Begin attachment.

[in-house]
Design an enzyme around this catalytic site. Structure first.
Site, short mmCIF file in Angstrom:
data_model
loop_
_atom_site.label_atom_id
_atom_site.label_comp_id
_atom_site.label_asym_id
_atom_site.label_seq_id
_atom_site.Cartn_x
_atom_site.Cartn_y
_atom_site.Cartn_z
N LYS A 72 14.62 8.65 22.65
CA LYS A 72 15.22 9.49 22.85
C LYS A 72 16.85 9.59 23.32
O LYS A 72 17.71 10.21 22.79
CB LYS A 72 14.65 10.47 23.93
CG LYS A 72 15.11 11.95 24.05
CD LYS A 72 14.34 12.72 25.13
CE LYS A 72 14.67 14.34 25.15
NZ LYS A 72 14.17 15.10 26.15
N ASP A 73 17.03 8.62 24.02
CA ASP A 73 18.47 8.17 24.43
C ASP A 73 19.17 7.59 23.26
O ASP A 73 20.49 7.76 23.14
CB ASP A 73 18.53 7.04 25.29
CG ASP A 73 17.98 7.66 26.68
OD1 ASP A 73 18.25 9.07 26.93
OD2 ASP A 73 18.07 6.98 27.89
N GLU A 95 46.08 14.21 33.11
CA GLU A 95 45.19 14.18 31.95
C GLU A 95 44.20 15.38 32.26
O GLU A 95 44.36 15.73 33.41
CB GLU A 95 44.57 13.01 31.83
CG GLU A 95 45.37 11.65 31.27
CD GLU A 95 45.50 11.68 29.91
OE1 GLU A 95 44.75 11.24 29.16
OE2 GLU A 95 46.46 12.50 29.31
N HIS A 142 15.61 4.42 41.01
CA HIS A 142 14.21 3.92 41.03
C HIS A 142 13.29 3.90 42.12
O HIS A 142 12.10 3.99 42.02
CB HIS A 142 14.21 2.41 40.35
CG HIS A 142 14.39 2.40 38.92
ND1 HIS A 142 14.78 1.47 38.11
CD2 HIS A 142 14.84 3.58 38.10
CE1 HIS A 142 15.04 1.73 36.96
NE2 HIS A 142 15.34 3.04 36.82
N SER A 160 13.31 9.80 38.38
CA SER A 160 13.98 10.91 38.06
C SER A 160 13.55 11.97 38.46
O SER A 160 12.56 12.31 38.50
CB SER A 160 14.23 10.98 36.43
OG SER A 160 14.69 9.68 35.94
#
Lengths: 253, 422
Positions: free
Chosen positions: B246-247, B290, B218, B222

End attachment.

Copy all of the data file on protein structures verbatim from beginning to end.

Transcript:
[in-house]
Design an enzyme around this catalytic site. Structure first.
Site, short mmCIF file in Angstrom:
data_model
loop_
_atom_site.label_atom_id
_atom_site.label_comp_id
_atom_site.label_asym_id
_atom_site.label_seq_id
_atom_site.Cartn_x
_atom_site.Cartn_y
_atom_site.Cartn_z
N LYS A 72 14.62 8.65 22.65
CA LYS A 72 15.22 9.49 22.85
C LYS A 72 16.85 9.59 23.32
O LYS A 72 17.71 10.21 22.79
CB LYS A 72 14.65 10.47 23.93
CG LYS A 72 15.11 11.95 24.05
CD LYS A 72 14.34 12.72 25.13
CE LYS A 72 14.67 14.34 25.15
NZ LYS A 72 14.17 15.10 26.15
N ASP A 73 17.03 8.62 24.02
CA ASP A 73 18.47 8.17 24.43
C ASP A 73 19.17 7.59 23.26
O ASP A 73 20.49 7.76 23.14
CB ASP A 73 18.53 7.04 25.29
CG ASP A 73 17.98 7.66 26.68
OD1 ASP A 73 18.25 9.07 26.93
OD2 ASP A 73 18.07 6.98 27.89
N GLU A 95 46.08 14.21 33.11
CA GLU A 95 45.19 14.18 31.95
C GLU A 95 44.20 15.38 32.26
O GLU A 95 44.36 15.73 33.41
CB GLU A 95 44.57 13.01 31.83
CG GLU A 95 45.37 11.65 31.27
CD GLU A 95 45.50 11.68 29.91
OE1 GLU A 95 44.75 11.24 29.16
OE2 GLU A 95 46.46 12.50 29.31
N HIS A 142 15.61 4.42 41.01
CA HIS A 142 14.21 3.92 41.03
C HIS A 142 13.29 3.90 42.12
O HIS A 142 12.10 3.99 42.02
CB HIS A 142 14.21 2.41 40.35
CG HIS A 142 14.39 2.40 38.92
ND1 HIS A 142 14.78 1.47 38.11
CD2 HIS A 142 14.84 3.58 38.10
CE1 HIS A 142 15.04 1.73 36.96
NE2 HIS A 142 15.34 3.04 36.82
N SER A 160 13.31 9.80 38.38
CA SER A 160 13.98 10.91 38.06
C SER A 160 13.55 11.97 38.46
O SER A 160 12.56 12.31 38.50
CB SER A 160 14.23 10.98 36.43
OG SER A 160 14.69 9.68 35.94
#
Lengths: 253, 422
Positions: free
Chosen positions: B246-247, B290, B218, B222